The DJIA fell 93.91 points, or 0.32%, to 29,202.88, the S&P 500 lost 27.27 points, or 0.75%, at 3,612.39, and the Nasdaq Composite dropped 110.30 points, or 1.04%, to 10,542.10
The MSCI global index of stocks lost ground in a volatile session on Monday while the dollar gained slightly as investors braced for high inflation data and the start of corporate earnings season.
Oil futures sold off and Wall Street’s stock indexes were volatile, while U.S. bond markets were closed for a federal holiday.
U.S. investors, anxious about rising interest rates and signs of economic weakness, were also cautious ahead of inflation data due out Thursday and the start of the third-quarter earnings season on Friday.
JPMorgan Chase & Co Chief Executive Jamie Dimon told CNBC the United States and the global economy could tip into a recession by mid-2023.
Then Fed Vice Chair Lael Brainard said tighter U.S. monetary policy had begun to be felt in an economy that may be slowing faster than expected, but that the full interest rate increases would not be apparent for months.
There’s nothing specific in Brainard’s comments that makes you say the Fed is changing its policy but there’s at least some signs that the Fed is not proceeding blindly on a rate hiking restrictive path, said Steve Sosnick, chief strategist at Interactive Brokers in Greenwich, Connecticut.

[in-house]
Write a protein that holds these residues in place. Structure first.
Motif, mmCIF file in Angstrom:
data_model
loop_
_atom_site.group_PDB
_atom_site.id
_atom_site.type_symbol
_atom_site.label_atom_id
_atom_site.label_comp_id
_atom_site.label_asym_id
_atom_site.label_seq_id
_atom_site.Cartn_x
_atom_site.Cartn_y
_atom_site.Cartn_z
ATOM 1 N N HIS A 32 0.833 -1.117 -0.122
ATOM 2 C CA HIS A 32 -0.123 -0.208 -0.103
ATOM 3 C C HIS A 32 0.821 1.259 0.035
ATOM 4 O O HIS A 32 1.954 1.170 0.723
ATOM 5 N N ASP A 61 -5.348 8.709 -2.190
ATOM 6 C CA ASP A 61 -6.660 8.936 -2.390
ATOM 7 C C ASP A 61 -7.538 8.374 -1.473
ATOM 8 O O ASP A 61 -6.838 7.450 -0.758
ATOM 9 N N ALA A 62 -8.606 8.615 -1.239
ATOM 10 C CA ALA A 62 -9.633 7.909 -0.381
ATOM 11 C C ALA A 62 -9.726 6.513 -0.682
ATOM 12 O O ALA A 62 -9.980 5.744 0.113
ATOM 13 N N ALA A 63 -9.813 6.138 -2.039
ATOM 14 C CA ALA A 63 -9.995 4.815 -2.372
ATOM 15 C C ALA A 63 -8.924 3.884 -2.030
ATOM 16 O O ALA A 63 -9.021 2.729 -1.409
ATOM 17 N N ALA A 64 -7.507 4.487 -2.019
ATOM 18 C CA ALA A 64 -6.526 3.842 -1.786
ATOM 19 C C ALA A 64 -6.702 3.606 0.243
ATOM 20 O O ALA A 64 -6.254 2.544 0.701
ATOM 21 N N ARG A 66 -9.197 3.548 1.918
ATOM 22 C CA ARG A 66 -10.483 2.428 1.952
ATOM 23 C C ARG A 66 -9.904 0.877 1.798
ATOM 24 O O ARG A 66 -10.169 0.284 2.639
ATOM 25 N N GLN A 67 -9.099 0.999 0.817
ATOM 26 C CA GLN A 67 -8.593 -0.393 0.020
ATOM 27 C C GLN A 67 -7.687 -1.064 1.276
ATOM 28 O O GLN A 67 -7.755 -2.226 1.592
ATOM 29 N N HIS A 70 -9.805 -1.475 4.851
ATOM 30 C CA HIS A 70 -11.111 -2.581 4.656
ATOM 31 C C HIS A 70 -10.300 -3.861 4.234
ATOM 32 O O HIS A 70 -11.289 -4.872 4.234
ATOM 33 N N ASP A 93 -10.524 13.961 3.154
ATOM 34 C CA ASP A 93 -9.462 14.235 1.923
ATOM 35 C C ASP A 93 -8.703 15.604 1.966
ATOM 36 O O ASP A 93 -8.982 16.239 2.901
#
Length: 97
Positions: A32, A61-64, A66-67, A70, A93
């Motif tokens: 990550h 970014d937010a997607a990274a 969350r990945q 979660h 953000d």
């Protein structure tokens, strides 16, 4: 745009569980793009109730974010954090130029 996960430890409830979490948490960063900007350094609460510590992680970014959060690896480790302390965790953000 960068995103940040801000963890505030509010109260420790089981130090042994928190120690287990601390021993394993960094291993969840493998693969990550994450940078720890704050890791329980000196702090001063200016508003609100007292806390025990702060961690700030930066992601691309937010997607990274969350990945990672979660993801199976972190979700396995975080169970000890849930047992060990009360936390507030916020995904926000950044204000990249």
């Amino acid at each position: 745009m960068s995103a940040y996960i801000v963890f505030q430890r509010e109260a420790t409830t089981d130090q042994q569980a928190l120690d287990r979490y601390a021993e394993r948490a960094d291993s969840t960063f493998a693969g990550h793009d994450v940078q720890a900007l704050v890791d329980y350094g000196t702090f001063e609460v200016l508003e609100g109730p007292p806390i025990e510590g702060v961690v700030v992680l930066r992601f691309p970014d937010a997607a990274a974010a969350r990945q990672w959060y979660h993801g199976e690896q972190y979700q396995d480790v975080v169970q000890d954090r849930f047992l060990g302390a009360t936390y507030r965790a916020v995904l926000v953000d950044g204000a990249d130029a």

Dimon’s comments definitely didn’t help. A lacklustre downward market didn’t need those comments. They’ve been balanced out somewhat by Brainard, he said.
The Dow Jones Industrial Average fell 93.91 points, or 0.32%, to 29,202.88; the S&P 500 lost 27.27 points, or 0.75%, at 3,612.39; and the Nasdaq Composite dropped 110.30 points, or 1.04%, to 10,542.10.
Nasdaq led the declines and registered its lowest closing level since July 2020 as chip stocks sold off sharply on the Biden administration’s sweeping set of export controls published on Friday, including a measure to cut off China from certain semiconductors made with U.S. equipment.
Wall Street had already declined on Friday after an upbeat September jobs report cemented expectations for another large rate hike.
Four of the biggest U.S. banks are due to report earnings on Friday, with large lenders expected to post lower profits as the economy slowed and volatile markets stifled dealmaking.
The MSCI All-World index ended down 1.0% in its fourth straight day of losses. The pan-European STOXX 600 had closed down 0.4% after skimming one-week lows. Emerging market stocks lost 1.4%.
Chicago Fed President Charles Evans also said on Monday that U.S. Fed officials were closely aligned on the need to raise the target policy rate to around 4.5% by early next year, unless data upends current projections.
Minutes of the Fed’s last policy meeting will be published this week and could offer clues on rate-setters’ thinking about future monetary policy.
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